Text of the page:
03/04/2005 12:00AM

Downtown Las Vegas suddenly looking up


It's said that a rising tide raises all ships. While the explosive growth in Las Vegas tourism is focused on properties on the Strip, downtown Las Vegas is enjoying its own renaissance.

According to a survey conducted by the Las Vegas Convention and Visitors Authority, a record 37.4 million visitors came to Las Vegas in 2004 and 21.3 million said their stay included a stop downtown.

That was a big increase over the 2003 survey when only about half of the 18.1 million visitors came to downtown.

An ad campaign "Vintage Vegas" is meant to attract visitors who remember the roots of Las Vegas and the way it used to be. It will also entice newcomers who've heard about the old-style Las Vegas and want to see it for themselves.

Television shows like "Lucky" and "Tilt" have focused on downtown and poker play, a natural extension of the Binion's Horseshoe World Series of Poker.

In the last two years, nearly every downtown property has changed hands as investors see value and a big upside in a seemingly depressed market.

Tim Poster and Tom Breitling have already bought and sold the Golden Nugget, cashing out for a quick nine-figure profit. The new buyer, Landry's, is a Houston-based seafood restaurant chain that owns and operates more than 300 eateries, including Joe's Crab Shack, The Crab House, Landry's Seafood House, and The Chart House.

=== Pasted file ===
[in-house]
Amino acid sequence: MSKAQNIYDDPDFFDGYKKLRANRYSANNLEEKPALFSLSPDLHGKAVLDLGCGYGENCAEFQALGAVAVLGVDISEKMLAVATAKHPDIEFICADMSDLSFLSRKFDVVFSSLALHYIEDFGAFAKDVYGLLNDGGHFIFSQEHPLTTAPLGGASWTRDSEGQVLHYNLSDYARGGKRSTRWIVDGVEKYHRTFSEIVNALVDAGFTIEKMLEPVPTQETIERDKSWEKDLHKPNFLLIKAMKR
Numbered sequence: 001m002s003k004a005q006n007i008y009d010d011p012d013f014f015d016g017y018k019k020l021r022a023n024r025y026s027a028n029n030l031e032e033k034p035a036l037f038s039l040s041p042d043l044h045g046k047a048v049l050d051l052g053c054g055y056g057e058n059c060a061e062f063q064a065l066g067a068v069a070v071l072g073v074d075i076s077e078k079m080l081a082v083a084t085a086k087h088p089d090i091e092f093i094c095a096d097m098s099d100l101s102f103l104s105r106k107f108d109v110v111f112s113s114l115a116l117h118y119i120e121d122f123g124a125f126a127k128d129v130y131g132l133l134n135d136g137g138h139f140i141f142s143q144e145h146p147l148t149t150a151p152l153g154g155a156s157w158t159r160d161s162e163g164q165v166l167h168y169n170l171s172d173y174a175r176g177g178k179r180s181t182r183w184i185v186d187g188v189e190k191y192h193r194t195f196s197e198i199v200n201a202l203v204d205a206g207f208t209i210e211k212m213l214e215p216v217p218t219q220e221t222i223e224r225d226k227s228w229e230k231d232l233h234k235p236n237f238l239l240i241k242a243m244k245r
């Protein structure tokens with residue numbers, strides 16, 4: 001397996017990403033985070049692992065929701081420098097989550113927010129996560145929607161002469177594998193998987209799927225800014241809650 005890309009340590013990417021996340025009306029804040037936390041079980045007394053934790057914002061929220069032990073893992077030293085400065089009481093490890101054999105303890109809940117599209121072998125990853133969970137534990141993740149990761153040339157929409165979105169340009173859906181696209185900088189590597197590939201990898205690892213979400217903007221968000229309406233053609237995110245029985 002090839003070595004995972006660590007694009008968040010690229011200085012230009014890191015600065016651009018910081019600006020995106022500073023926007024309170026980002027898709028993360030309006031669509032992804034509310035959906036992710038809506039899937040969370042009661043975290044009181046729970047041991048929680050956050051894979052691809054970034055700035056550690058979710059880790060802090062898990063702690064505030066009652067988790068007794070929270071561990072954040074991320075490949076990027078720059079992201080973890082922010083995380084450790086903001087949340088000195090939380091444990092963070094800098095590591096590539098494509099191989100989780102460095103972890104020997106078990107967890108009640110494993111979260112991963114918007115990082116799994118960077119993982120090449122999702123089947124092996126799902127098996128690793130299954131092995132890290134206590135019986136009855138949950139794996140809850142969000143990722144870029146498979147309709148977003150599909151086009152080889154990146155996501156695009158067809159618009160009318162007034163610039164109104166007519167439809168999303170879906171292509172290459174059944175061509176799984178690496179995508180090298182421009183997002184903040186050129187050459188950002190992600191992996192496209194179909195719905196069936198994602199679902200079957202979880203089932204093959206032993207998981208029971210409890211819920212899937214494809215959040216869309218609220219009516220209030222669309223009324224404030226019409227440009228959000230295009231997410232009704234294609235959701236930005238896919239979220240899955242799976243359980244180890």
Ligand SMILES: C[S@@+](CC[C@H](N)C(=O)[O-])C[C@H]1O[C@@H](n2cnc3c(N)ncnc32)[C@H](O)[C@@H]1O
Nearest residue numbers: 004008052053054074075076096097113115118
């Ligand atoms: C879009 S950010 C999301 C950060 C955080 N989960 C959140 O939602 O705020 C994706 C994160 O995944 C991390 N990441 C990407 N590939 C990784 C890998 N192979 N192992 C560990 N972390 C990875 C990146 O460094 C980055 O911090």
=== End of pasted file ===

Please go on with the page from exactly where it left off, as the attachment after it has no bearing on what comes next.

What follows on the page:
Landry's CEO and president is Tilman Fertitta, a member of the Fertitta family that owns the Station Casinos empire.

Barrick Gaming owns the Plaza, the Las Vegas Club, the Gold Spike, and the Western. Barrick Gaming has aggressively looked to spruce up its properties and market to a new audience.

"The demand is there, but the product is not," said a very candid Stephen Crystal, president and co-founder of Barrick Gaming. "That's going to be the next wave."

Barrick hopes to begin construction by early next year of an expanded Plaza and redevelopment of other sites within its holdings.

Spring break in the desert

In an unusual alliance, the Plaza and National Lampoon Tours are booking four-night spring break packages for college students 21 or older during March. The travel company calls the packages "low price, high volume" to generate traffic to Las Vegas.

Yes, this is an extension of the National Lampoon brand that made films such as National Lampoon's Animal House, Van Wilder, and the Vacation series starring Chevy Chase.

National Lampoon has various product lines that successfully reach an audience marketers crave, young consumers.

Regardless of how successful marketing campaigns are, once the people come you have to show them an enjoyable time. And you have only one chance to make a first impression. The irony is the horse racing industry has the same scenario. It's one thing to get the people to try the product, another to have the facilities and customer service to meet your expectations.

Richard Eng is the turf editor for the Las Vegas Review-Journal and host of the Race Day Las Vegas Wrap Up radio show.